Here’s two things that appear to be true:
- Some people will not accept the coronavirus as real until they personally know someone affected by it. The most extreme impact of the virus is of course death.
- By lore, everyone is “six handshakes” (when we used to do that) away from anyone else in the US.
So the question becomes, how much death does there need to be in order for everyone in the US to be affected?
If the “six handshakes” or “six degrees of separation” rule were true, everyone is already affected by death from the virus, they just don’t know it yet.
However, due to economic and social segregation, the problem isn’t that simple. And some people just don’t have any friends.
So we’re at 146,484 deaths reported as of this morning in the US. It would take 2.2 million deaths for every person in the US to have someone among their casual friends who has died from the virus. We are a distance from that, and we might have a vaccine before we get there. But maybe not.
However, the 330,000,000 population figure includes kids and assumes that the Census Bureau has adjusted its population growth estimates for Covid deaths. Now if we only consider adults, we need 1.5 million deaths for each person to have a casual friend who had died. Unfortunately, that’s in the range of possibility, since the virus is currently killing more than 1,000 Americans per day.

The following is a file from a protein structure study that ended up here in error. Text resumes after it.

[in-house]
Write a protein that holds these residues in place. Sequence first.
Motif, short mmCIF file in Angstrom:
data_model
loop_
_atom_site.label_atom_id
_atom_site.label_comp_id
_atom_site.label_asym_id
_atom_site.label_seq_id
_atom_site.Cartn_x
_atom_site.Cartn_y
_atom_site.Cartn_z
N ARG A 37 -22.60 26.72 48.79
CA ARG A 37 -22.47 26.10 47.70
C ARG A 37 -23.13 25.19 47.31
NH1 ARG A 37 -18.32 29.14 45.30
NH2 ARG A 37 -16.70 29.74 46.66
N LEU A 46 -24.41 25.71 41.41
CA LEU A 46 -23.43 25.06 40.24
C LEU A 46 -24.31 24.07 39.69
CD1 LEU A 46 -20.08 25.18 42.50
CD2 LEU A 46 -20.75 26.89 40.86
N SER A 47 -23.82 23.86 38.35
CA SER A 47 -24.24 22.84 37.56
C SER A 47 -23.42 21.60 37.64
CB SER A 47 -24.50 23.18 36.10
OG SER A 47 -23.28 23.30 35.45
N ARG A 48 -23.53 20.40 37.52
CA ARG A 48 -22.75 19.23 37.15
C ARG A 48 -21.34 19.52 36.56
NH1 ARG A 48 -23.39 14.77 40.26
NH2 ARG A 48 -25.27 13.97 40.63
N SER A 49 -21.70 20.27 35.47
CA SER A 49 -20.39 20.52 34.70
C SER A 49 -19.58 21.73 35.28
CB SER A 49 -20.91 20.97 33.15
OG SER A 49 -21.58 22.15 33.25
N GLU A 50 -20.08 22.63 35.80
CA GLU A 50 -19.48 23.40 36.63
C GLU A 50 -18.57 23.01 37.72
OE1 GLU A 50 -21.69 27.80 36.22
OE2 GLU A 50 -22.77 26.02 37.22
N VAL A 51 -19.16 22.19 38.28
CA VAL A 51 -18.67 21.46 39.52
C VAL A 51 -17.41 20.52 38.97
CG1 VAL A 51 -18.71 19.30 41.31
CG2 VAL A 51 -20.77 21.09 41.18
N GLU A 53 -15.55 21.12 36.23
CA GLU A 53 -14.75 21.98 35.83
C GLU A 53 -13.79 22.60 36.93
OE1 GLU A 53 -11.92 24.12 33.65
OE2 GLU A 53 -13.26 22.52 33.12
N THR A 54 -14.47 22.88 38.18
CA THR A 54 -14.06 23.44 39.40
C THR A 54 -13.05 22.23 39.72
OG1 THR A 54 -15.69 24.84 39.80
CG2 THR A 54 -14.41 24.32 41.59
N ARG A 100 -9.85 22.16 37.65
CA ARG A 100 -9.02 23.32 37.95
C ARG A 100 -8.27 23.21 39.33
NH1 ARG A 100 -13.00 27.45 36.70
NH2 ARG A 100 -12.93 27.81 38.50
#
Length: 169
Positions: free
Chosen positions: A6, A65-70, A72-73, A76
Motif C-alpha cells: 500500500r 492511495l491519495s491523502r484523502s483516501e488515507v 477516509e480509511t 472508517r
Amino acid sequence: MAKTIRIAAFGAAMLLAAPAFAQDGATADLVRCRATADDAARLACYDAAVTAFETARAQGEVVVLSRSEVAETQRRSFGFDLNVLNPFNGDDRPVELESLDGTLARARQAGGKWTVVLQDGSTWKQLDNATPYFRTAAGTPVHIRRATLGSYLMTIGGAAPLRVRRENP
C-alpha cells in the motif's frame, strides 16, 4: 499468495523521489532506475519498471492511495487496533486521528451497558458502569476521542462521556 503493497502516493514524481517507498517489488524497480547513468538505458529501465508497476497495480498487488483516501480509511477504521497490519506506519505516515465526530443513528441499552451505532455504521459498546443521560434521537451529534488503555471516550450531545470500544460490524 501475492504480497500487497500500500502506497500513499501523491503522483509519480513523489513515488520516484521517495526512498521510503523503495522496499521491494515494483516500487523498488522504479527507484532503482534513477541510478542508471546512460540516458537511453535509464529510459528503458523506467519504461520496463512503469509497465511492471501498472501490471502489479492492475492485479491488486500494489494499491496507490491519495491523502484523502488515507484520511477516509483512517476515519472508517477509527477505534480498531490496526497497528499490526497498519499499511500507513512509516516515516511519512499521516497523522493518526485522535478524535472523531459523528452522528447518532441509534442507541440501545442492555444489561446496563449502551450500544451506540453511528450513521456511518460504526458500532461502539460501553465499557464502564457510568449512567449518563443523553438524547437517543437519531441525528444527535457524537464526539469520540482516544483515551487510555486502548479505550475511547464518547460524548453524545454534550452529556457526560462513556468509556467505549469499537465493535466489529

My original estimate was 240,000 dead in the US by Halloween. That assumed 150,000 dead by August 1st, and we are running a couple of days ahead of that schedule. We have 96 days until Halloween.
For the past week the US has been running at 906 deaths per day. That number peaked in April at 2,160 deaths per day. After dropping and the outbreak in NY and NJ was controlled, the number appears to be on its way back up.
If we stay at the 906 death rate, we will have 233,824 deaths by Halloween. If we go back up to the 2,160 per day rate, we will have 354,208 dead in the US. The truth is probably somewhere in between these numbers. We can expect roughly 35 million Americans to know someone who has died. However, almost everyone in the US knows someone who knows someone who has died. That just hasn’t sunk in yet.
Thanatos is going to have an awesome holiday this year!